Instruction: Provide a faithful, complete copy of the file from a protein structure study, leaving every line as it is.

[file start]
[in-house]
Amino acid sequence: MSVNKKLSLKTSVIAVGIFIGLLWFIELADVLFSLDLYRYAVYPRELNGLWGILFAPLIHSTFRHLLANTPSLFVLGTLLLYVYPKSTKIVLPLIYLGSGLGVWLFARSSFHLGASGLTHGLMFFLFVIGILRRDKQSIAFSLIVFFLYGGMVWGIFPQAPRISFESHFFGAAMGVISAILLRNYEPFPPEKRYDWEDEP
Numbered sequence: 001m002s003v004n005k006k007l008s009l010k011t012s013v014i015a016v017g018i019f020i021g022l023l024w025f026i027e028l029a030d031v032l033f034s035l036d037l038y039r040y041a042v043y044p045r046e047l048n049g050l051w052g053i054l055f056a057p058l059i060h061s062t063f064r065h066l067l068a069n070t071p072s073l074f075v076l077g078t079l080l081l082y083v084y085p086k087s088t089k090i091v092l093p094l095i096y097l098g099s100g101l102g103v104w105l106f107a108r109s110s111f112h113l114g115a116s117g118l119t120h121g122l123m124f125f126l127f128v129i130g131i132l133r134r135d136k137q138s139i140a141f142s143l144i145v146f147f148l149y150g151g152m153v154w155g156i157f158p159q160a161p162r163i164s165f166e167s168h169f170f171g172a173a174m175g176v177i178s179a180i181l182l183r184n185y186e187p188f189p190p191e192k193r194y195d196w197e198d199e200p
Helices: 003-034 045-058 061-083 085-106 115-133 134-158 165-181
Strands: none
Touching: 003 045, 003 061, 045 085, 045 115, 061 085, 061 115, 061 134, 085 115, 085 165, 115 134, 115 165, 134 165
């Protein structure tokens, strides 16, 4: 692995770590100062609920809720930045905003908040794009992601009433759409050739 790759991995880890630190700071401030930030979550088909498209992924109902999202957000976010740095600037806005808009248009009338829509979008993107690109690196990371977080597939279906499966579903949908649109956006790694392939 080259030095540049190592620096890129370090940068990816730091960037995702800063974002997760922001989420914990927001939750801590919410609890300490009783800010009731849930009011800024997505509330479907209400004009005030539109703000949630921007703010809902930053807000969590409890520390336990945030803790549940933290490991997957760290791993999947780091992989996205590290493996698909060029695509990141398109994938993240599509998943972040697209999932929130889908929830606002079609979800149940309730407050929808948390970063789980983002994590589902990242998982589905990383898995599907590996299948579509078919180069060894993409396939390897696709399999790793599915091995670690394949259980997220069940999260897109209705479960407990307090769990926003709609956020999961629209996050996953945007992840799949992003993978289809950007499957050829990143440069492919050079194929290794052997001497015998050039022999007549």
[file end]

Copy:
[in-house]
Amino acid sequence: MSVNKKLSLKTSVIAVGIFIGLLWFIELADVLFSLDLYRYAVYPRELNGLWGILFAPLIHSTFRHLLANTPSLFVLGTLLLYVYPKSTKIVLPLIYLGSGLGVWLFARSSFHLGASGLTHGLMFFLFVIGILRRDKQSIAFSLIVFFLYGGMVWGIFPQAPRISFESHFFGAAMGVISAILLRNYEPFPPEKRYDWEDEP
Numbered sequence: 001m002s003v004n005k006k007l008s009l010k011t012s013v014i015a016v017g018i019f020i021g022l023l024w025f026i027e028l029a030d031v032l033f034s035l036d037l038y039r040y041a042v043y044p045r046e047l048n049g050l051w052g053i054l055f056a057p058l059i060h061s062t063f064r065h066l067l068a069n070t071p072s073l074f075v076l077g078t079l080l081l082y083v084y085p086k087s088t089k090i091v092l093p094l095i096y097l098g099s100g101l102g103v104w105l106f107a108r109s110s111f112h113l114g115a116s117g118l119t120h121g122l123m124f125f126l127f128v129i130g131i132l133r134r135d136k137q138s139i140a141f142s143l144i145v146f147f148l149y150g151g152m153v154w155g156i157f158p159q160a161p162r163i164s165f166e167s168h169f170f171g172a173a174m175g176v177i178s179a180i181l182l183r184n185y186e187p188f189p190p191e192k193r194y195d196w197e198d199e200p
Helices: 003-034 045-058 061-083 085-106 115-133 134-158 165-181
Strands: none
Touching: 003 045, 003 061, 045 085, 045 115, 061 085, 061 115, 061 134, 085 115, 085 165, 115 134, 115 165, 134 165
């Protein structure tokens, strides 16, 4: 692995770590100062609920809720930045905003908040794009992601009433759409050739 790759991995880890630190700071401030930030979550088909498209992924109902999202957000976010740095600037806005808009248009009338829509979008993107690109690196990371977080597939279906499966579903949908649109956006790694392939 080259030095540049190592620096890129370090940068990816730091960037995702800063974002997760922001989420914990927001939750801590919410609890300490009783800010009731849930009011800024997505509330479907209400004009005030539109703000949630921007703010809902930053807000969590409890520390336990945030803790549940933290490991997957760290791993999947780091992989996205590290493996698909060029695509990141398109994938993240599509998943972040697209999932929130889908929830606002079609979800149940309730407050929808948390970063789980983002994590589902990242998982589905990383898995599907590996299948579509078919180069060894993409396939390897696709399999790793599915091995670690394949259980997220069940999260897109209705479960407990307090769990926003709609956020999961629209996050996953945007992840799949992003993978289809950007499957050829990143440069492919050079194929290794052997001497015998050039022999007549």